Non Fiction

Hamish Ford reviews Alain Badiou's 'Cinema'

Hamish Ford
28 November 2013

In recent years, the work of French philosopher Alain Badiou has been discussed with increasing regularity as part of an academic dialogue between cinema studies and philosophy that is often called ‘film-philosophy’. His various writings on cinema were for a long time scattered among many different sources, the majority untranslated. With its original 2010 ...

‘If in this I have been tedious,’ admitted William Cowper in a letter published in 1750, ‘it may be some excuse, I had not time to make it shorter.’ In The Writing Culture of Ordinary People in Europe, c.1860–1920, Martyn Lyons has accomplished what Cowper could not. This is a short book but withal it successfully tackles an expansive agenda. ...

Jay Daniel Thompson on 'The Baby Farmers'

Jay Daniel Thompson
28 November 2013

In The Baby Farmers, legal scholar Annie Cossins revisits a bizarre episode in Australian criminal history. Her text focuses on a pair of baby killers who operated in Sydney during the nineteenth century. In October 1892, Sarah and John Makin were arrested after a baby’s corpse was found buried on their farm. An investigation revealed the ...

The main title of John Darwin’s new book is simple but mischievous. Its primary purpose is to announce that he sees empire as an activity rather than a thing. People, millions of them, made it, and remade it constantly, over long stretches of time; it was always in progress, always being finished ...

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Alastair Collins reviews 'Changing Gears'

Alastair Collins
27 November 2013

With resource shortages looming and climate change a topic of intense discussion, it is becoming increasingly important for people to find ways to reduce their day-to-day consumption and carbon footprint. Greg Foyster’s Changing Gears seeks to explore the question of how to do so through the author’s own interesting, and no doubt exhausting, cross-c ...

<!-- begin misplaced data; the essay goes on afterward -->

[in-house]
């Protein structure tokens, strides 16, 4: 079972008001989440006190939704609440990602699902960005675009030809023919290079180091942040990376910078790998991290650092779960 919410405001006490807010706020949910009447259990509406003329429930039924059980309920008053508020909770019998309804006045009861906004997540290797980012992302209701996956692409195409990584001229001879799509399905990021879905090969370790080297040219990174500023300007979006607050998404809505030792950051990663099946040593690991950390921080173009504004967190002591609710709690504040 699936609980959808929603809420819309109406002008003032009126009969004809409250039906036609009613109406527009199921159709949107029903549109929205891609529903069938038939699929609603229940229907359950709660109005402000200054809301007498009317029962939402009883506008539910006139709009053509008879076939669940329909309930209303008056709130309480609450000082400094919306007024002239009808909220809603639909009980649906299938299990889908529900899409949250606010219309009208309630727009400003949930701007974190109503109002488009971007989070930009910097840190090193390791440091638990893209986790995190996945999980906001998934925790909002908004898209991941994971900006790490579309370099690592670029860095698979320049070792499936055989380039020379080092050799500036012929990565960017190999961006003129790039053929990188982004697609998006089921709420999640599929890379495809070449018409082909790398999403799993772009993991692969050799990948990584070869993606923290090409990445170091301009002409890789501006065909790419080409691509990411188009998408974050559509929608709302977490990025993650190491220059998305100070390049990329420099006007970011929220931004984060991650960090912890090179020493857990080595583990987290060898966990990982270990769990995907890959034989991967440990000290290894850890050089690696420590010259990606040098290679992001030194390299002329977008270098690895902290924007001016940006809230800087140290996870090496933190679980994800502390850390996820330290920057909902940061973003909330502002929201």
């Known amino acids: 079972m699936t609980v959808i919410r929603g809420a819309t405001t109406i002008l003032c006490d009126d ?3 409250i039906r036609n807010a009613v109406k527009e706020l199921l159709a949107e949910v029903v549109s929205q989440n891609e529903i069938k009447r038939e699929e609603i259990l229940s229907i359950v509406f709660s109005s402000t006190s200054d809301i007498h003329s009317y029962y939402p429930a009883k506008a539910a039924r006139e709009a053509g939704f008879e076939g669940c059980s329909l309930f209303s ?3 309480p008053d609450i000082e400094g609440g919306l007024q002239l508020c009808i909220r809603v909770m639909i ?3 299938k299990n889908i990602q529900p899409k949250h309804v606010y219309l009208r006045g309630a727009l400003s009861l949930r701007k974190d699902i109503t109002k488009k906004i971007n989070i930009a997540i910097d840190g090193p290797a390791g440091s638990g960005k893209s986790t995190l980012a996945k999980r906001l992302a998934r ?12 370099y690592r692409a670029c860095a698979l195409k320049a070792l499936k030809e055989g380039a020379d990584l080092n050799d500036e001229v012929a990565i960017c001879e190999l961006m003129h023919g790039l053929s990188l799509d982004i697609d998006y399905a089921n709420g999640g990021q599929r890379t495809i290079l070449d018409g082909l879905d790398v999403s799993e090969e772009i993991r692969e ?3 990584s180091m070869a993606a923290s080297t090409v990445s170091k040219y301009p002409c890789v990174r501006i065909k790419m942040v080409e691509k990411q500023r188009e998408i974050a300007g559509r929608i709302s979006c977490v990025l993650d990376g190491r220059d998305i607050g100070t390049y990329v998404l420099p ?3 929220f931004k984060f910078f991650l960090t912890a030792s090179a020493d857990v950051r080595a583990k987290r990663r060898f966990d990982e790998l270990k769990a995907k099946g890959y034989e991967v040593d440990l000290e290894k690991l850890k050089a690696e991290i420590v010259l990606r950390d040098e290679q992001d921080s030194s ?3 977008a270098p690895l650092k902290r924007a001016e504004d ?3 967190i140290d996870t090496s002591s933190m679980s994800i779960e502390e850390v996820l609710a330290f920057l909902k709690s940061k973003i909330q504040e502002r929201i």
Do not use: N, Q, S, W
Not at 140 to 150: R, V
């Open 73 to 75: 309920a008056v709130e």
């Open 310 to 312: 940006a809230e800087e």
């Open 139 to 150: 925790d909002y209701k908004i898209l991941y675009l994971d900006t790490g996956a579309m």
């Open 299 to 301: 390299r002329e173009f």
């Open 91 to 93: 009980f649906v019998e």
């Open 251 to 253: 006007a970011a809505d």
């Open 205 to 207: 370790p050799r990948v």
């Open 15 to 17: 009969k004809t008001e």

Sara Savage reviews 'Banana Girl'

Sara Savage
27 November 2013

Writing a memoir at the age of thirty may seem like an exercise in self-indulgence: what wisdom could one possibly impart amid the universal tumultuousness of the Saturn Return? Seemingly aware of the predicament, the author of Banana Girl doesn’t pretend to deliver any answers, her memoir instead giving a more immediate snapshot into the life of a tw ...

Debbie Hamilton's 'Out of Bounds'

Debi Hamilton
27 November 2013

Last week I received an envelope in the mail, the address written in my father’s hand. My heart accelerated a little and it struck me as unseemly, at my age and in my circumstances, to be still so easily rattled by a parent.

The envelope was light – inside I found only a newspaper clipping and a small note. I spread them out on the kitchen bench. A frien ...

Ian Gibbins on 'Gardens of Fire'

Ian Gibbins
27 November 2013

As I write this article in my Adelaide Hills home, surrounded by native eucalypts and introduced fruit trees, large areas in New South Wales are dealing with the consequences of some of the worst bushfires in recorded history. Remarkably, given the unseasonally extreme weather, the rugged terrain, and the ferocity of the fires the ...

This is one of the more vital and significant poetry anthologies to appear in Australia. It has been compiled with a purpose as sophisticated and complex as the arguments for existence that it posits. It is an anthology not so much of ‘region’ (it is a rather massive one), as of the experience of being or having been from Asian heritages in contemporary Au ...

Susan Sheridan reviews 'Moving Among Strangers'

Susan Sheridan
27 November 2013

When Gabrielle Carey wrote Puberty Blues (1979) with her school friend Kathy Lette, it was closely based on her own experience as a teenager. This initiated a writing career specialising in autobiography. Her novel The Borrowed Girl (1994) is based on her experience of living in a Mexican village, and So Many Selves ...